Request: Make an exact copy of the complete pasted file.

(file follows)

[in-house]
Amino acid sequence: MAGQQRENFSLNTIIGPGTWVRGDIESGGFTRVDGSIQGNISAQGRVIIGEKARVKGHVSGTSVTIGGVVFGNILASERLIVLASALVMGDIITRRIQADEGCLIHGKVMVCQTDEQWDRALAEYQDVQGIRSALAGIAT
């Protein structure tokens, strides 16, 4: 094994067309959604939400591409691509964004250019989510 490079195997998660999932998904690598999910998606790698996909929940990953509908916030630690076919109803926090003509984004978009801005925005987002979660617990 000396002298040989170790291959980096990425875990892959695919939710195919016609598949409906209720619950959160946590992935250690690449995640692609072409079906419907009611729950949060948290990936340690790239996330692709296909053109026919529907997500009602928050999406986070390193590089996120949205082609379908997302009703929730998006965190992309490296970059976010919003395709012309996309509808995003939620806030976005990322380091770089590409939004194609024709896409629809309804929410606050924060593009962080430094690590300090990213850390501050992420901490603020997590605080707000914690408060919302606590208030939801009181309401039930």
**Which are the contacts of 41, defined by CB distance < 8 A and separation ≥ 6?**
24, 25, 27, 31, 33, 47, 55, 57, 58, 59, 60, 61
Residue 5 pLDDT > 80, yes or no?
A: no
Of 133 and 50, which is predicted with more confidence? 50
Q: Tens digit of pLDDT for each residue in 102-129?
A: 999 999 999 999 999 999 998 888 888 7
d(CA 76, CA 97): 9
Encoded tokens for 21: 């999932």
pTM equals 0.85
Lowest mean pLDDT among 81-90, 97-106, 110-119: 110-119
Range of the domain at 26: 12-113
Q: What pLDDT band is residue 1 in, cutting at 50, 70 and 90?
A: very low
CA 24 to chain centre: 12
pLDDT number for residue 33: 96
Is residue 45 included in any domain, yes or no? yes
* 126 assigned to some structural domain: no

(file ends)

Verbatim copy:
[in-house]
Amino acid sequence: MAGQQRENFSLNTIIGPGTWVRGDIESGGFTRVDGSIQGNISAQGRVIIGEKARVKGHVSGTSVTIGGVVFGNILASERLIVLASALVMGDIITRRIQADEGCLIHGKVMVCQTDEQWDRALAEYQDVQGIRSALAGIAT
């Protein structure tokens, strides 16, 4: 094994067309959604939400591409691509964004250019989510 490079195997998660999932998904690598999910998606790698996909929940990953509908916030630690076919109803926090003509984004978009801005925005987002979660617990 000396002298040989170790291959980096990425875990892959695919939710195919016609598949409906209720619950959160946590992935250690690449995640692609072409079906419907009611729950949060948290990936340690790239996330692709296909053109026919529907997500009602928050999406986070390193590089996120949205082609379908997302009703929730998006965190992309490296970059976010919003395709012309996309509808995003939620806030976005990322380091770089590409939004194609024709896409629809309804929410606050924060593009962080430094690590300090990213850390501050992420901490603020997590605080707000914690408060919302606590208030939801009181309401039930």
**Which are the contacts of 41, defined by CB distance < 8 A and separation ≥ 6?**
24, 25, 27, 31, 33, 47, 55, 57, 58, 59, 60, 61
Residue 5 pLDDT > 80, yes or no?
A: no
Of 133 and 50, which is predicted with more confidence? 50
Q: Tens digit of pLDDT for each residue in 102-129?
A: 999 999 999 999 999 999 998 888 888 7
d(CA 76, CA 97): 9
Encoded tokens for 21: 């999932």
pTM equals 0.85
Lowest mean pLDDT among 81-90, 97-106, 110-119: 110-119
Range of the domain at 26: 12-113
Q: What pLDDT band is residue 1 in, cutting at 50, 70 and 90?
A: very low
CA 24 to chain centre: 12
pLDDT number for residue 33: 96
Is residue 45 included in any domain, yes or no? yes
* 126 assigned to some structural domain: no